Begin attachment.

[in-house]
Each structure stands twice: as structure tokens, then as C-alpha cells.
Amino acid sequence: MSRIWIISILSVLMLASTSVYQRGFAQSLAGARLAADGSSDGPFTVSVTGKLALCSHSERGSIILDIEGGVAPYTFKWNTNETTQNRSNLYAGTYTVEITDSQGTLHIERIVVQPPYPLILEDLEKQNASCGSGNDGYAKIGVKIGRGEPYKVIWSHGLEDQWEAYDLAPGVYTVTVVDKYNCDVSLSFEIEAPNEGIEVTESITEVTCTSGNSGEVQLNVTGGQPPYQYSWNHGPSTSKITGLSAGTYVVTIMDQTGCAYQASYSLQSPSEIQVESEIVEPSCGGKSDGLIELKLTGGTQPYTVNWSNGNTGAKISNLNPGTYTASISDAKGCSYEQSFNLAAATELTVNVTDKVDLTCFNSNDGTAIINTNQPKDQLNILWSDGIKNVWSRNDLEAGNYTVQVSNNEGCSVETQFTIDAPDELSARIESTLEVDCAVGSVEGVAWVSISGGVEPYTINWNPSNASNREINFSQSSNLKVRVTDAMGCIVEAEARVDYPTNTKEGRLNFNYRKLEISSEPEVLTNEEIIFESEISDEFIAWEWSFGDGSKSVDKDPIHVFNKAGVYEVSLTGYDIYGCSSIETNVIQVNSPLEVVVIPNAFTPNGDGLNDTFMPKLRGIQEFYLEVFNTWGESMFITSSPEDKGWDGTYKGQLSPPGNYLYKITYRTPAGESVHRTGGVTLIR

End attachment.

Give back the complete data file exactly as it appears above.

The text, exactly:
[in-house]
Each structure stands twice: as structure tokens, then as C-alpha cells.
Amino acid sequence: MSRIWIISILSVLMLASTSVYQRGFAQSLAGARLAADGSSDGPFTVSVTGKLALCSHSERGSIILDIEGGVAPYTFKWNTNETTQNRSNLYAGTYTVEITDSQGTLHIERIVVQPPYPLILEDLEKQNASCGSGNDGYAKIGVKIGRGEPYKVIWSHGLEDQWEAYDLAPGVYTVTVVDKYNCDVSLSFEIEAPNEGIEVTESITEVTCTSGNSGEVQLNVTGGQPPYQYSWNHGPSTSKITGLSAGTYVVTIMDQTGCAYQASYSLQSPSEIQVESEIVEPSCGGKSDGLIELKLTGGTQPYTVNWSNGNTGAKISNLNPGTYTASISDAKGCSYEQSFNLAAATELTVNVTDKVDLTCFNSNDGTAIINTNQPKDQLNILWSDGIKNVWSRNDLEAGNYTVQVSNNEGCSVETQFTIDAPDELSARIESTLEVDCAVGSVEGVAWVSISGGVEPYTINWNPSNASNREINFSQSSNLKVRVTDAMGCIVEAEARVDYPTNTKEGRLNFNYRKLEISSEPEVLTNEEIIFESEISDEFIAWEWSFGDGSKSVDKDPIHVFNKAGVYEVSLTGYDIYGCSSIETNVIQVNSPLEVVVIPNAFTPNGDGLNDTFMPKLRGIQEFYLEVFNTWGESMFITSSPEDKGWDGTYKGQLSPPGNYLYKITYRTPAGESVHRTGGVTLIR